The Integration of Immigrants in the Work place

Here’s some interesting research done by Institute for Work and the Economy, on the integration of Immigrants in the work place.

This project addressing the challenges of integrating immigrants in the workplace
was conceived as a result of a plenary session at the 2003 Workplace Learning
Conference on the same topic. That session revealed deep-seated frustration
among workforce professionals who reported that very little appeared to be
available to them with respect to policies and practices that had been shown to be
effective in integrating foreign-born workers in American workplaces. At first,
we thought that the source of this frustration was an ineffective system for
disseminating information. And, to a fair degree we found that we were correct.
However, as we investigated further, we learned that there are significant areas
where the research is simply suggestive of good practices and other areas where
there is no serious research at all – especially in the context of the United States.
We also learned that although immigrants comprise a significant part of the
backbone of the American labor market, they also are viewed as being a special
population that is out of the mainstream. Consequently, human resources
professionals, labor activists, community organizers, educators, political leaders
and policymakers, and workforce professionals had few, if any, opportunities to
discuss and learn about effective strategies, policies and practices at conferences
held at their associations.
Clearly, no single project is able to fill the gap in knowledge in how foreign-born
workers are integrated successfully into the workplace. First, the issues are
extraordinarily complex in terms of the social, cultural, educational, motivational
factors of immigrant groups, and in terms of systems that serve as bridges into the
workplace and the community. Second, American attitudes and policies towards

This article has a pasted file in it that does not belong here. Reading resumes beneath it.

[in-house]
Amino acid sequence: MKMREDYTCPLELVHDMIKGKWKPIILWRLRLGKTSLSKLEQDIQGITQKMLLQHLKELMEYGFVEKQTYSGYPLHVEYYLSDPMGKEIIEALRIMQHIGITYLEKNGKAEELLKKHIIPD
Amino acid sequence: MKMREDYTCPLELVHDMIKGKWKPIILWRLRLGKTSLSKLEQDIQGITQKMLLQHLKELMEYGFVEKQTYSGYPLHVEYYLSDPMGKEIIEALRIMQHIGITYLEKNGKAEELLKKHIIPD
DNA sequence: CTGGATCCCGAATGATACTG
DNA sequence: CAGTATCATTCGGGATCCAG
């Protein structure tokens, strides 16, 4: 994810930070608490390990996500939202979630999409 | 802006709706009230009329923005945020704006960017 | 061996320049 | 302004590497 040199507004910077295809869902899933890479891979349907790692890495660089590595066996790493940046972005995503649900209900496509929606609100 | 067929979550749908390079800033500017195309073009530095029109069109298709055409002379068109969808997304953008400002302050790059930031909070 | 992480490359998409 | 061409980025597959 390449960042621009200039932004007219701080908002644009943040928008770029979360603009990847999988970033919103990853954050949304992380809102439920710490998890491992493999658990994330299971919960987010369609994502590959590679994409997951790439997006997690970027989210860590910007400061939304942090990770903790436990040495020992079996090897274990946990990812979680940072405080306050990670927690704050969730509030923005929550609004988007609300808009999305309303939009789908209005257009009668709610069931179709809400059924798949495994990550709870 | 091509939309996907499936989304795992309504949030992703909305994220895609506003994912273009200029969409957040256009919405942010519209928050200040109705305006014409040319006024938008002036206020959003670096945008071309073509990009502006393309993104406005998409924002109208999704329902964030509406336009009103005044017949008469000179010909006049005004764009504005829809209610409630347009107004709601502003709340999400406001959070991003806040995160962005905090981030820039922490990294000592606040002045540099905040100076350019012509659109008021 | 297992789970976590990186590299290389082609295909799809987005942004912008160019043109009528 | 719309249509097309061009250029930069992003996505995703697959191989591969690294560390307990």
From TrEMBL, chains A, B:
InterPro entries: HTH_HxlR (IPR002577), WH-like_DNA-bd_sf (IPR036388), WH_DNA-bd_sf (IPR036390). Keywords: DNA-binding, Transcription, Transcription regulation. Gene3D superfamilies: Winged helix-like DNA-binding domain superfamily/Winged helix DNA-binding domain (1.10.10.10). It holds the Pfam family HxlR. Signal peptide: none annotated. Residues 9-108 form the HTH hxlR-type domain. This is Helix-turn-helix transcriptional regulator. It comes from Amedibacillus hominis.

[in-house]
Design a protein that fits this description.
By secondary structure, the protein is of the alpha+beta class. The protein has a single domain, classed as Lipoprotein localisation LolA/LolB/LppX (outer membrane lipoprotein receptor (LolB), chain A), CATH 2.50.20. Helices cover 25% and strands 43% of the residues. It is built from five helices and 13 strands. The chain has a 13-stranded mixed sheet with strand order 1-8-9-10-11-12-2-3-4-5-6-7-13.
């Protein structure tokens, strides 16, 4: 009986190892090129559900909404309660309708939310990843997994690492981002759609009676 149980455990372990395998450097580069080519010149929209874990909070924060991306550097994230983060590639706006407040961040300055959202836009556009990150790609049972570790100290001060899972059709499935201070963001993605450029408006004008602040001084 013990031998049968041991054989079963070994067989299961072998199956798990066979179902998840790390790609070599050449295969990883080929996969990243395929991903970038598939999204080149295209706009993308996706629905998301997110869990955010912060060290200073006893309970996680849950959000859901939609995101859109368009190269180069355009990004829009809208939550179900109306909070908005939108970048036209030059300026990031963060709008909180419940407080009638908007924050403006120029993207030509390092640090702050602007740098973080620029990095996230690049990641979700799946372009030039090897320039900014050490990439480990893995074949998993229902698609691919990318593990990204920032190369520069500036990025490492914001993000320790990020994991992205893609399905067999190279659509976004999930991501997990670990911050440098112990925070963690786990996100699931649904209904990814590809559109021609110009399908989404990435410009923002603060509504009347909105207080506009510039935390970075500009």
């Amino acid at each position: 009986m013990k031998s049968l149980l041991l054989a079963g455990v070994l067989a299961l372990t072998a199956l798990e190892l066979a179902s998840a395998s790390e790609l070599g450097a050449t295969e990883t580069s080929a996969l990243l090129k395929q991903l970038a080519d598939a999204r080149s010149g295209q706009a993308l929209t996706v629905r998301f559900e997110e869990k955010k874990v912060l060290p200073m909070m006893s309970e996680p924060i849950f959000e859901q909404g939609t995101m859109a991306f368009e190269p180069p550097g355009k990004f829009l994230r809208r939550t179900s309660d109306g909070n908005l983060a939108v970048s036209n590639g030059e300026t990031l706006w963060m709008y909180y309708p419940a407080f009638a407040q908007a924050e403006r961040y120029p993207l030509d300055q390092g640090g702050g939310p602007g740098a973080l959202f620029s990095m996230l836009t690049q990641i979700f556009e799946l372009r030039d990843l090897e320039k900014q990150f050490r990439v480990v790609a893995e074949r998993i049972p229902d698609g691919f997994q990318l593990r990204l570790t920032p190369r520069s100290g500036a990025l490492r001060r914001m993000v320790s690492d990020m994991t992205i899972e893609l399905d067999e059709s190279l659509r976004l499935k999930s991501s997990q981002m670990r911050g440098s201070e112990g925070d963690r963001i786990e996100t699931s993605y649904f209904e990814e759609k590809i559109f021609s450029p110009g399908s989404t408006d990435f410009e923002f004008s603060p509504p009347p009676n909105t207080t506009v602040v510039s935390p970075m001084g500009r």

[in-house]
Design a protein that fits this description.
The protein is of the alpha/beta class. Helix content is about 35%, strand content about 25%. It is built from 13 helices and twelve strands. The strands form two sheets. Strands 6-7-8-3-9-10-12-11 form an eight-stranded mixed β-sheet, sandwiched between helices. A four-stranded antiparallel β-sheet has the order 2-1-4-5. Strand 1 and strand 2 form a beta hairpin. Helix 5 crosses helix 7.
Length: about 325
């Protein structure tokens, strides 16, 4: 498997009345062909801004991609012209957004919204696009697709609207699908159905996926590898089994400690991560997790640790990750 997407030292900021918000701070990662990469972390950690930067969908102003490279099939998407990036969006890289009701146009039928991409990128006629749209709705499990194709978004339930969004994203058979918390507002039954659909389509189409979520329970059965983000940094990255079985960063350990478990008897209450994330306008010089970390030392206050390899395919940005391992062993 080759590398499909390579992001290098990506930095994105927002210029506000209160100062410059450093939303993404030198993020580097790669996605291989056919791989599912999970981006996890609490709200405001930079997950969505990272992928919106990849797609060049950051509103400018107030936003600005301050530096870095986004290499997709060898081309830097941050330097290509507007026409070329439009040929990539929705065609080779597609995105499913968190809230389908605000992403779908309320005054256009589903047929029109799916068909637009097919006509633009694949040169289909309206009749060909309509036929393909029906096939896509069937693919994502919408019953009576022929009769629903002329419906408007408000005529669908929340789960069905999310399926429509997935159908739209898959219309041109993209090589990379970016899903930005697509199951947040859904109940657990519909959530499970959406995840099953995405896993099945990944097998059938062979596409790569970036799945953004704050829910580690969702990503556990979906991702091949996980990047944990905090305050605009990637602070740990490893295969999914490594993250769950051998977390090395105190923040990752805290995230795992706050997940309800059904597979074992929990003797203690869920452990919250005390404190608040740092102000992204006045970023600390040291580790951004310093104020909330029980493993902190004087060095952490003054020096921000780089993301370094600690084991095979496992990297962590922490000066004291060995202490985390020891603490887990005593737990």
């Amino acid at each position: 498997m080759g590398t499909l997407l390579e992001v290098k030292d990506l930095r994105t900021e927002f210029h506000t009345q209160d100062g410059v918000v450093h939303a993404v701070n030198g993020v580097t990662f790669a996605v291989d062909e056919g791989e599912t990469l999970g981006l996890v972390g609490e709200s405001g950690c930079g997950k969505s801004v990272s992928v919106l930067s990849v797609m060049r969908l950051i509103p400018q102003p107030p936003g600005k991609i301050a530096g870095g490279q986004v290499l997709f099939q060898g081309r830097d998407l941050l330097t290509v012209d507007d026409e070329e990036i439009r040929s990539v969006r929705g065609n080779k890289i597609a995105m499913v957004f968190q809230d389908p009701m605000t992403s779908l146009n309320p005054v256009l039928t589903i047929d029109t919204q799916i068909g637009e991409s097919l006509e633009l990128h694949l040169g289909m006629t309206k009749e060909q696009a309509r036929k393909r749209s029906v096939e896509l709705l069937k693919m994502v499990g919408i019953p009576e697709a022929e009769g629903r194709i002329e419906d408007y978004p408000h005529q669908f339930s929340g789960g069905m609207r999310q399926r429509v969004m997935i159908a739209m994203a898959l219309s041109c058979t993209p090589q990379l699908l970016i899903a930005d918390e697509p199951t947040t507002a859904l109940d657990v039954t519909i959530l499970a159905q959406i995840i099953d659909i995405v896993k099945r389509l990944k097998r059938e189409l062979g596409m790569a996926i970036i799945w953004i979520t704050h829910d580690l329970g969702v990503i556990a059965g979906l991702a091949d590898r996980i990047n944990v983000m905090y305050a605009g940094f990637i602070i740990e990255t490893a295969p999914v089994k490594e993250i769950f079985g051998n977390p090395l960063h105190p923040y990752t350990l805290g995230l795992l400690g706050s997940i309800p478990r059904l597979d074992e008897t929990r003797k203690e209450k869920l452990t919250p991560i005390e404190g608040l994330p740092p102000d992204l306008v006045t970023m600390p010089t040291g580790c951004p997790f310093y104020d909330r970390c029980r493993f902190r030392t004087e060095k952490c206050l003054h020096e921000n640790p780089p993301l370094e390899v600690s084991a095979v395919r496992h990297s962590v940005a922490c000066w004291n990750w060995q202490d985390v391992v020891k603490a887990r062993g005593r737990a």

immigrants in the workplace are both ambiguous and ambivalent, resulting in
highly localized initiatives – often at the scale of actions taken within the four
walls of a business. In regulated occupations such as nursing, policies and
practices vary state by state, and often, community by community. Finally,
federal, state and local policymakers base their visions of a workforce
development system on models that assume that the coming generations of
workers in the United States will be born and educated here despite overwhelming
evidence demonstrating that growth in the workforce depends substantially on
migrations of foreign-born workers. A change to models that account for multiple
pathways, both foreign and domestic, into the U.S. workforce would require a
fundamental shift in what we imagine will be the faces of American workers.
This exploratory initiative on the integration of immigrants is an effort to help
human resources professionals, community activists, educators, labor activists,
and professionals in the public workforce system seek and develop solutions to
real-life challenges of integrating immigrants in the workplace. Our primary
objective was to offer a framework supporting the development of policies,
practices and processes that lead to the successful integration of immigrant
workers. An early review of the literature – both popular and academic – showed
that the processes for effective immigrant integration are, for the most part,
simply taken for granted in the United States. However, we also noted that immigrants are finding their own way and advancing in the workforce, althoughfacing both delays and obstacles in the process. This suggested that employers, workers and communities have both formal and informal processes supporting integration. Therefore, we concluded that a reasonable early step to the development of more formal policies and practices was to describe with what actually was occurring in the field.

Generally, much of the effort in the U.S. appears to focus on basic needs: such as
education and health care. Ironically, although work is a primary driver for
international migration, all levels of government appear to be much slower to
respond to the workforce challenges. We can speculate as to the reasons why the
United States has pursued generally a laissez-faire approach to immigrant policy
as it pertains to the workplace. Two reasons offered are that immigration has been
confined historically to gateway cities that have developed informal integration
processes and that immigration policy is largely family-based as opposed to
skills-based. However, recent waves of immigrants in nearly unprecedented
numbers and across jurisdictions has prompted a realization at all levels that
effective integration does not simply “just happen.” Communities of all sizes and
types are experiencing for the first time in generations an influx of newcomers
speaking languages other than English, with long and rich cultures, unfamiliar
customs, and religions that differ from traditional Judeo-Christian practices.